6. ALA and the Re-Unification of Librarianship →

    The American Library Association (ALA)’s burgeoning budget crisis and dip in membership shows the group is having a tough time thriving as a multi-type library organization. It might be easy to cast a net of blame across the tepid economy, the aging profession, even entrenched leadership in ALA itself. But we think ALA’s membership woes are caused by a lack of unity across librarianship, a problem that is reinforced by ALA’s organizational structure and too narrow publications. In the tradition of thinking such as Andy Woodworth’s ‘big tent’ librarianship, we believe the leadership of the ALA should be at the forefront of unifying librarianship, working to link our academic, public, and school libraries and librarians. Instead, we shudder as we see ALA working to reinforce silos that separate public, academic, and school libraries from one another, rather than bridges to connect them.

    (Source: addtoany.com)

  7. Why ALA Needs a Code of Conduct | Backtalk →

    Many technology conference speakers and attendees have begun to expect such policies. The Python Software Foundation, which sponsored a preconference at ALA Annual 2013, now only sponsors events that have a code of conduct. Three-time Hugo winner John Scalzi—mere days after speaking at ALA last summer—announced that he would no longer attend or speak at conferences that lack these policies. Over 700 of his readers co-signed this pledge, including leading SF/F authors and editors NK Jemisin, Mary Robinette Kowal, Patrick Nielsen Hayden, Justine Larbalestier, Steven Gould, and Diane Duane.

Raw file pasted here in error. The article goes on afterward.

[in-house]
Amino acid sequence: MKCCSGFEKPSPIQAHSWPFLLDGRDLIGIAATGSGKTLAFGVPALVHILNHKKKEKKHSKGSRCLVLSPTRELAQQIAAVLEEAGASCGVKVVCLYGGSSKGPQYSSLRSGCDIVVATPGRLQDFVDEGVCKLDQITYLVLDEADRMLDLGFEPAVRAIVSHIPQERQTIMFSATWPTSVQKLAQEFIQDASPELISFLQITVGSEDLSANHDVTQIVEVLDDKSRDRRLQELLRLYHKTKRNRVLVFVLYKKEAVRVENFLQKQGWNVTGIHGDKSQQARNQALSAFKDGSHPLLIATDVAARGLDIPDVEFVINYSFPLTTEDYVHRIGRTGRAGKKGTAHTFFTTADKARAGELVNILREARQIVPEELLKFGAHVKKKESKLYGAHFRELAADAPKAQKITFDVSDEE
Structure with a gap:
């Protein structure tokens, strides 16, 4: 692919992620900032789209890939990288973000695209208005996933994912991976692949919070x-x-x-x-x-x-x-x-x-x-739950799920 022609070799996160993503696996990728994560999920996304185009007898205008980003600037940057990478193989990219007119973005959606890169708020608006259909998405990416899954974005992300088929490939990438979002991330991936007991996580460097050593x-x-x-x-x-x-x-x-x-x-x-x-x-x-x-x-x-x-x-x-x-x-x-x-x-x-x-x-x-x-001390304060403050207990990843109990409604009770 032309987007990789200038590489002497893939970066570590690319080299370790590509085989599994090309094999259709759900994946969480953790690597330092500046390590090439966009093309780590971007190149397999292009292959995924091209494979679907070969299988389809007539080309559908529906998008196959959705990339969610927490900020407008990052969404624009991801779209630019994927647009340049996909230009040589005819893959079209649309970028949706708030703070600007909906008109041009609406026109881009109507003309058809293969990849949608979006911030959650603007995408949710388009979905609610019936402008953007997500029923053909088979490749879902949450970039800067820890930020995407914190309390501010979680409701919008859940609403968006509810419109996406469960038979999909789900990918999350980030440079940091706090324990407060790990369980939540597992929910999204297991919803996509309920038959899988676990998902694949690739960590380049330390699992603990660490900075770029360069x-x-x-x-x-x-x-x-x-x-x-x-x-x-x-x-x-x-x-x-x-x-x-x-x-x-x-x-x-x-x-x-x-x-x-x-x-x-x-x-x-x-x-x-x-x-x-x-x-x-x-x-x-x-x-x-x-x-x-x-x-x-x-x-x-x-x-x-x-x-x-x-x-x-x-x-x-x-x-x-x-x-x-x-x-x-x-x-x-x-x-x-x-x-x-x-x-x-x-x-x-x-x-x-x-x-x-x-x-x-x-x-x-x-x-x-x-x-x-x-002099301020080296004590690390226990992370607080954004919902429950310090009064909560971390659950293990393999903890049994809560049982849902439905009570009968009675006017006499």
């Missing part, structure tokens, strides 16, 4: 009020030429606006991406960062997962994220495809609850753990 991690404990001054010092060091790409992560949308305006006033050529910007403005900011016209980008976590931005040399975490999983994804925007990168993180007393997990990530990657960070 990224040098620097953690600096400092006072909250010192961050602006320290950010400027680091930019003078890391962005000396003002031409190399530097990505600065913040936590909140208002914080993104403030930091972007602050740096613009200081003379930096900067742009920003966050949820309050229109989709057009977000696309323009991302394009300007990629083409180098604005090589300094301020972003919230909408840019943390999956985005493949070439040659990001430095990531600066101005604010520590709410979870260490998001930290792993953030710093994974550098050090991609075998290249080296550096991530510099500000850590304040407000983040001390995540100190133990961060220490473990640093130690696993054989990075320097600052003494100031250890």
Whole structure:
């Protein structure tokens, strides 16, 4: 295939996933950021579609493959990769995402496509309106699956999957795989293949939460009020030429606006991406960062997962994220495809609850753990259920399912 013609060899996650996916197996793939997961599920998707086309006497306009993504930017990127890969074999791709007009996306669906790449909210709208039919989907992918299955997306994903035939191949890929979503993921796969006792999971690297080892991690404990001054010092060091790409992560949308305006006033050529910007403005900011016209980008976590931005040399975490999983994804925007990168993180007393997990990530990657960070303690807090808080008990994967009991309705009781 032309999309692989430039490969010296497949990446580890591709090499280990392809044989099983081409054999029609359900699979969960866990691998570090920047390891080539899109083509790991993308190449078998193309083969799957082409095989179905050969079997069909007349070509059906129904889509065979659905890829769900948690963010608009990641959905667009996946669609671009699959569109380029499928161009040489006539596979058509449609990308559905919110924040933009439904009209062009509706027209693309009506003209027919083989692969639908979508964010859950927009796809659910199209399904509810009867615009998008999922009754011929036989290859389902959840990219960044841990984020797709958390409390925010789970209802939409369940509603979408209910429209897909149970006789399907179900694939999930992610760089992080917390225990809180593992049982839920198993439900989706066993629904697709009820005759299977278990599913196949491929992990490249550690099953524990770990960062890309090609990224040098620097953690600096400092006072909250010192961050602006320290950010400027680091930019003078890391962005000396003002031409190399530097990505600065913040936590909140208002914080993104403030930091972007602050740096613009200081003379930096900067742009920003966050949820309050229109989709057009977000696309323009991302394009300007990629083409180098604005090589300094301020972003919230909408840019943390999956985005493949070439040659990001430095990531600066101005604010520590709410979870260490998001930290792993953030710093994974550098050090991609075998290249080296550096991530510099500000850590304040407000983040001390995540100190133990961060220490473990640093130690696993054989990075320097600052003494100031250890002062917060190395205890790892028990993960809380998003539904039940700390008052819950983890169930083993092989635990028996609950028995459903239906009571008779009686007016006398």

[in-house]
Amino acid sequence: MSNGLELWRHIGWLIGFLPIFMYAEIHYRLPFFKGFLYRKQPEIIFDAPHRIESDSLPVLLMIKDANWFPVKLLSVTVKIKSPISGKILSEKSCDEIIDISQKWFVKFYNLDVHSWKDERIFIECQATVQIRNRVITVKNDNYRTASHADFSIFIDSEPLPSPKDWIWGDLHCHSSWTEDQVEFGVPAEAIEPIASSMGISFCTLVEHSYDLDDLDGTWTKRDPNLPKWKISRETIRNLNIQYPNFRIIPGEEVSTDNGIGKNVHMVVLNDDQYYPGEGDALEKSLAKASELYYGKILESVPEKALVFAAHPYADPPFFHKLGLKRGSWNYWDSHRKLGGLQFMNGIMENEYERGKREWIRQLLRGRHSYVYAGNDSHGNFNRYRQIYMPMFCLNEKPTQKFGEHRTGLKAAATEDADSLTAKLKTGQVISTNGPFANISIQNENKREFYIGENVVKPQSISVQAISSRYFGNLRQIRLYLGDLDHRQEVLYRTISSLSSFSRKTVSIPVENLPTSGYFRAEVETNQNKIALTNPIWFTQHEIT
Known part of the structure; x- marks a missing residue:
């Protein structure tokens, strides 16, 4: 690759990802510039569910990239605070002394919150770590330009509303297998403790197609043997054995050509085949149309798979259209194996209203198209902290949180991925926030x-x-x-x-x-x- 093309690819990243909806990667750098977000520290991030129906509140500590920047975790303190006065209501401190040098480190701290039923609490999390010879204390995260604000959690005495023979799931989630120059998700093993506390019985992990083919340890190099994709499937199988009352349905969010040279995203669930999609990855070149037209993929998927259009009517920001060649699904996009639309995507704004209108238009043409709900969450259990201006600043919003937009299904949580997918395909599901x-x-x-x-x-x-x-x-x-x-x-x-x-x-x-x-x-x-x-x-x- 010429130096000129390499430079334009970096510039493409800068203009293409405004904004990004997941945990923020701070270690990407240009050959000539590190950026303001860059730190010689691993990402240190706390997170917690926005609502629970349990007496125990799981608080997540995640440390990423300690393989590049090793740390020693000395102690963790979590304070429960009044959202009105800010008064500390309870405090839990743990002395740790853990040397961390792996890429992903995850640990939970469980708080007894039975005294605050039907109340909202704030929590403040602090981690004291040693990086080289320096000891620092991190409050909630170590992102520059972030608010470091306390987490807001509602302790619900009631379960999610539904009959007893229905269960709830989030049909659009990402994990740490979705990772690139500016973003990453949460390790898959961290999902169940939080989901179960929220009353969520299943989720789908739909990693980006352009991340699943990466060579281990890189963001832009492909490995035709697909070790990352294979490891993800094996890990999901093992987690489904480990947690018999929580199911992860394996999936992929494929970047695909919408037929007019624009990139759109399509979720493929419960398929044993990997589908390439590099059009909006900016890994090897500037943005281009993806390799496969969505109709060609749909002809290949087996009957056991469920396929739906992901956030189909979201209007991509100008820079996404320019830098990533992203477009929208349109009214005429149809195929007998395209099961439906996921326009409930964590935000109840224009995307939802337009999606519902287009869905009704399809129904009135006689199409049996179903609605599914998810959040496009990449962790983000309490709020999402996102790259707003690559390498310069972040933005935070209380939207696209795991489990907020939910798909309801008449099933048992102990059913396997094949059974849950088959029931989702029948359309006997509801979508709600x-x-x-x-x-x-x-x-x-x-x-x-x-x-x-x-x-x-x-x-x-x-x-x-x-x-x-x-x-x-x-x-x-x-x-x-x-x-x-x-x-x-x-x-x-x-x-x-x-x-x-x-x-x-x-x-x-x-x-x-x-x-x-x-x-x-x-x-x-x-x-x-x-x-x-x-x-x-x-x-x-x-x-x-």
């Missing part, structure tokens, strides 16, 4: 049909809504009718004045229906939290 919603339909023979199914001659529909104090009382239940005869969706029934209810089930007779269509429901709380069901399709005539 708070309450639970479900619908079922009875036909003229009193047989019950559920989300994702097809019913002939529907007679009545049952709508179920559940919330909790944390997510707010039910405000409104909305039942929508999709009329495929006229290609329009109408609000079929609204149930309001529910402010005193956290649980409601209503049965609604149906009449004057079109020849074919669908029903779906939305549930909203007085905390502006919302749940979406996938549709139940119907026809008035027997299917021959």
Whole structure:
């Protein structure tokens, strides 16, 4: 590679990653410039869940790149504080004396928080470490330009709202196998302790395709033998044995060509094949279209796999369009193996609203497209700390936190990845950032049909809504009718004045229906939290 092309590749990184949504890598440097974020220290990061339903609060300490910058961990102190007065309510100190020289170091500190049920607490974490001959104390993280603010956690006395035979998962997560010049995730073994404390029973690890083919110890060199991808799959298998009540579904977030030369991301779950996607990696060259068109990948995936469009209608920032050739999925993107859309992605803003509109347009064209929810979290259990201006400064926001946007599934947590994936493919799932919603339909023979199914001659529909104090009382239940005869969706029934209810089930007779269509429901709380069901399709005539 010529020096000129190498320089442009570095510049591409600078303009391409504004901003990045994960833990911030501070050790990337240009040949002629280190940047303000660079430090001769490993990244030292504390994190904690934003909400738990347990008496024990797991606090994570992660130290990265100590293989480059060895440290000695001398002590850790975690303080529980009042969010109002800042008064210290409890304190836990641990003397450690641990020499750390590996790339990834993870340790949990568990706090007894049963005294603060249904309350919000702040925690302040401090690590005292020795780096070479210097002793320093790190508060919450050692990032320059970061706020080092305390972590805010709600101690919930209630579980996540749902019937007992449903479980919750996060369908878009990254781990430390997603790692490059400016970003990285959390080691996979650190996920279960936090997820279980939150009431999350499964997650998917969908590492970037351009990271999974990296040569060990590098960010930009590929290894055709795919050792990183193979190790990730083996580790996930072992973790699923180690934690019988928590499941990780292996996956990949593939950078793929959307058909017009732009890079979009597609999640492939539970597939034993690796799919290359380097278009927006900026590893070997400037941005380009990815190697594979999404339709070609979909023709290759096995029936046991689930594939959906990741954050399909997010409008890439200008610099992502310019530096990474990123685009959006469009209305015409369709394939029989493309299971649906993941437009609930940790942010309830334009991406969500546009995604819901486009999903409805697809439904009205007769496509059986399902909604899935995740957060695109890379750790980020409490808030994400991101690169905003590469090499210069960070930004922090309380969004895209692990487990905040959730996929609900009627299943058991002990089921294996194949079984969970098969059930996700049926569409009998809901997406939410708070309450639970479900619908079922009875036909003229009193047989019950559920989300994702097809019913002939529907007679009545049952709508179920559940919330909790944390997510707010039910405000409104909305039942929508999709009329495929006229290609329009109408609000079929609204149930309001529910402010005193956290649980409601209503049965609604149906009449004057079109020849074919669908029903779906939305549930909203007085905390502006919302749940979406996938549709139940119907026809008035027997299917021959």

(Source: addtoany.com)

  8. — If ALA could design a smart phone, what would be your fantasy apps?

  9. The once clear and sequential lines from author to publisher to distributor to retailer to end user are now blurred and promise to become re-invented. These changes throughout the publishing ecosystem also portend strategic re-alignment for libraries and their roles in society. Revolutions indeed.

    — Alan S. Inouye, director of ALA’s Office for Information Technology Policy, in his inaugural post for Digital Book World’s new library-centric blog (via cloudunbound)

  10. The dissolution of a library is unacceptable. Libraries serve as the cornerstone of our democracy and must be safeguarded. An informed public constitutes the very foundation of a democracy, and libraries ensure that everyone has free access to information.

    The very existence of the People’s Library demonstrates that libraries are an organic part of all communities. Libraries serve the needs of community members and preserve the record of community history. In the case of the People’s Library, this included irreplaceable records and material related to the occupation movement and the temporary community that it represented.

    We support the librarians and volunteers of the Library Working Group as they re-establish the People’s Library.”

    — A statement from American Library Association (ALA) President Molly Raphael regarding the destruction of the People’s Library.